Henry VI, Part 2
This history play was likely written in 1591. (See Stanley Wells and Gary Taylor in The Oxford Shakespeare: The Complete Works (2nd edition, 2005).)
The play, the middle one in Shakespeare’s Henry VI trilogy, centers on conflicts among the nobility and Henry’s failure to deescalate them, leading to civil war, i.e., the War of the Roses.
Textual References to Dance
Text excerpts and their act, scene, and line numbers follow Folger Digital Texts unless otherwise noted.
In-text dance references are highlighted in red.
Act I, scene 3, lines 166-178
Before we make election, give me leave
To show some reason, of no little force,
That York is most unmeet of any man.
YORK: I’ll tell thee, Suffolk, why I am unmeet:
First, for I cannot flatter thee in pride;
Next, if I be appointed for the place,
My lord of Somerset will keep me here
Without discharge, money, or furniture
Till France be won into the Dauphin’s hands.
Last time I danced attendance on his will
Till Paris was besieged, famished, and lost.
That can I witness, and a fouler fact
Did never traitor in the land commit.
Act IV, scene 1, lines 129-138
SUFFOLK: Suffolk’s imperial tongue is stern and rough,
Used to command, untaught to plead for favor.
Far be it we should honor such as these
With humble suit. No, rather let my head
Stoop to the block than these knees bow to any
Save to the God of heaven and to my king;
And sooner dance upon a bloody pole
Than stand uncovered to the vulgar groom.
True nobility is exempt from fear.—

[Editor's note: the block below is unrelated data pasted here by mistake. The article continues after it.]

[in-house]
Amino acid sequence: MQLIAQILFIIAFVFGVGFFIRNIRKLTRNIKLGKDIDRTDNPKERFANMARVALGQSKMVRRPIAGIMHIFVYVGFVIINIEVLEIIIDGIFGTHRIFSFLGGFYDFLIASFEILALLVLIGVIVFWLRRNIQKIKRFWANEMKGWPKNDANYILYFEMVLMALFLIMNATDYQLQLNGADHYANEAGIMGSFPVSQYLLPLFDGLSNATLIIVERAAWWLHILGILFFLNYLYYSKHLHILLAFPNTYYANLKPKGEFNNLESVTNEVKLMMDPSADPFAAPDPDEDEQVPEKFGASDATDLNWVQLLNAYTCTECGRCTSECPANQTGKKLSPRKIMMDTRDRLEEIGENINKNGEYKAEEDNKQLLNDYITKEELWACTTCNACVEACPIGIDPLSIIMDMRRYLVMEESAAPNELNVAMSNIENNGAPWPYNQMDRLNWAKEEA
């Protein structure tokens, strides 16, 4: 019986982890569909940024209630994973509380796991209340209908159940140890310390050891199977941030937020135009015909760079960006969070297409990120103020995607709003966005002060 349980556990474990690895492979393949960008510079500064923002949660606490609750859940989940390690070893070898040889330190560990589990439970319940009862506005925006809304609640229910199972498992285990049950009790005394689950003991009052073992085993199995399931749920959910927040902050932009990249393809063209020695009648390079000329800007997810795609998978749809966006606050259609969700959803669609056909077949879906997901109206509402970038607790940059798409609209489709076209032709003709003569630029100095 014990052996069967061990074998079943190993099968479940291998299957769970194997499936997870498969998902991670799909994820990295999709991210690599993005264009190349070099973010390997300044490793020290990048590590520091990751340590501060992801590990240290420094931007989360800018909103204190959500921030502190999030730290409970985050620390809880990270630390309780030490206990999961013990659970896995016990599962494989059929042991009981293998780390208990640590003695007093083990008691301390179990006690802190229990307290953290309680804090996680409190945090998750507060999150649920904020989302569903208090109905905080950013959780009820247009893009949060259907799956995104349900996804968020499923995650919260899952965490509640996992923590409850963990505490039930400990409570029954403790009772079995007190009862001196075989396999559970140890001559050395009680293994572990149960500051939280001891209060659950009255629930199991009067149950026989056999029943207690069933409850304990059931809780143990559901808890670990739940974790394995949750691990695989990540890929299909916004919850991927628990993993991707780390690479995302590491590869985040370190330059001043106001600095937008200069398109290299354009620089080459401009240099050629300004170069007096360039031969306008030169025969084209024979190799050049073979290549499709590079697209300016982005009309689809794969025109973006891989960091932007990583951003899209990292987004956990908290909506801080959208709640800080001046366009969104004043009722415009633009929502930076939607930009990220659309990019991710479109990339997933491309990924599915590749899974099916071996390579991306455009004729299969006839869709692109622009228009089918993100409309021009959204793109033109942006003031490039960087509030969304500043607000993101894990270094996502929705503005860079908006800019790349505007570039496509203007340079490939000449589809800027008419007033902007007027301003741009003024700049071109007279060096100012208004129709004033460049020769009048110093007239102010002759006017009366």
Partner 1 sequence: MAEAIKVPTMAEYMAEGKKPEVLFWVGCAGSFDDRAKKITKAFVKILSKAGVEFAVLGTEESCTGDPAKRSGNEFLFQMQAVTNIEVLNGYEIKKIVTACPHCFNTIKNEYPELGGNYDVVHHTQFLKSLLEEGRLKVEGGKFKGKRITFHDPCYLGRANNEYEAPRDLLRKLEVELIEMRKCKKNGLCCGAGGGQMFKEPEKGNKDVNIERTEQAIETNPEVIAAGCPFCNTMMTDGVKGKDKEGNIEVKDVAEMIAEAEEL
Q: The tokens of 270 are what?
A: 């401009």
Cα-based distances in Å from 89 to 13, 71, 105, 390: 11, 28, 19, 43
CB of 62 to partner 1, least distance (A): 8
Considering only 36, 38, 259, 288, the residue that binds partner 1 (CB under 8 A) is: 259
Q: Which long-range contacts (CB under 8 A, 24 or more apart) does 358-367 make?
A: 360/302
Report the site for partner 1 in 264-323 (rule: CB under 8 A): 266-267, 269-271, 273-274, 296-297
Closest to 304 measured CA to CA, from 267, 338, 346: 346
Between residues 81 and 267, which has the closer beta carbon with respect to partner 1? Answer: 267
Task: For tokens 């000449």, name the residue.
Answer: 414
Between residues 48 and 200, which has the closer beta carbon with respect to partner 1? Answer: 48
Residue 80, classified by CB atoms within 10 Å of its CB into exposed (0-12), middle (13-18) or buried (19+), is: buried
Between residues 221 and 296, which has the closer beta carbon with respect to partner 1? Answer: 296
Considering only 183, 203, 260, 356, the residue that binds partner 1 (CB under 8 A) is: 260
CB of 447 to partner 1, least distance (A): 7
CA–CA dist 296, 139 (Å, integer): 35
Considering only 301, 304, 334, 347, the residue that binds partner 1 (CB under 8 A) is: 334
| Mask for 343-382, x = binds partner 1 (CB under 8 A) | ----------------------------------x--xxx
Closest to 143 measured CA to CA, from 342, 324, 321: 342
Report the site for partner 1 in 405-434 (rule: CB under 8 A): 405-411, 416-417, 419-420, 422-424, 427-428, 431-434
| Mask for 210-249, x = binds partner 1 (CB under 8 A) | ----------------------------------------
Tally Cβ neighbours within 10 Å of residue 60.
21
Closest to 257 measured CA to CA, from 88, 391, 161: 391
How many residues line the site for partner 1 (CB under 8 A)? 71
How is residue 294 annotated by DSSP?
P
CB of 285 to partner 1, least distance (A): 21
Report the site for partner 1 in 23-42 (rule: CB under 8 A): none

More can I bear than you dare execute.
Dance References in Henry VI, Part 2
Both references to dancing in Shakespeare’s Henry VI, Part 2 have a decidedly negative tone. In Act I, scene 3, the Duke of York and the Duke of Suffolk argue over who should become the regent for England in France. York contends that the only reason he is “unmeet” or unfit for the post is because the Duke of Somerset will undermine his efforts due to their past history of antagonism, a claim that the Earl of Warwick confirms. York complains that even if he “danced attendance” on Somerset, the duke would still oppose his actions on principle, even if it went against England’s interests.
To “dance attendance” was a common phrase of the period with negative connotations. (See also Richard III, Act III, scene 7, line 57.) The implication is that the “dancer” is not simply respectfully “attending” a superior as required but is actively trying to gain favor. The phrase alludes to people who are willing to bow low, jump high, or otherwise do whatever their superior wants, potentially compromising their dignity and morality in the process.
The Duke of Suffolk’s reference to dancing in Act IV, scene 1, also occurs in a speech contrasting dignity and moral uprightness with flattery and weakness. However, in this passage dance is associated with the means to preserve morality, not compromise it. Suffolk says that he would rather “dance upon a bloody pole” — in other words, die — than “plead for favor.” On the one hand, dance serves as a generic metaphor for energetic motion in this passage. On the other hand, dance, which is typically associated with joy and festivity, is intentionally juxtaposed with a graphic description of bloody and violent death. (See also The Winter’s Tale, Act I, scene 2, 141-142.)
Shakespeare’s Henry IV, Part 2 is a play concerned with the actions (and transgressions) of the nobility. The play’s references to dance remind us of the suspicions aroused by the skillful courtier: court etiquette emphasized deference and respect, but the courtly arts also facilitated flattery and scheming, and they disadvantaged the plainspoken, however noble their blood or their intentions.
– Emily Winerock (Dec. 11, 2018)
Winerock, Emily. “Dance References in Henry VI, Part 2.” The Shakespeare and Dance Project, edited by Linda McJannet, Amy Rodgers, and Emily Winerock, 11 Dec. 2018, shakespeareandance.com/plays/henry-vi-part-2. Accessed [date].
Brissenden, Alan. “The History Plays and the Imagery of Dance.” In Shakespeare and the Dance, pp. 18-33. Atlantic Highlands, NJ: Humanities Press, 1981, 2001.
Updated March 25, 2020.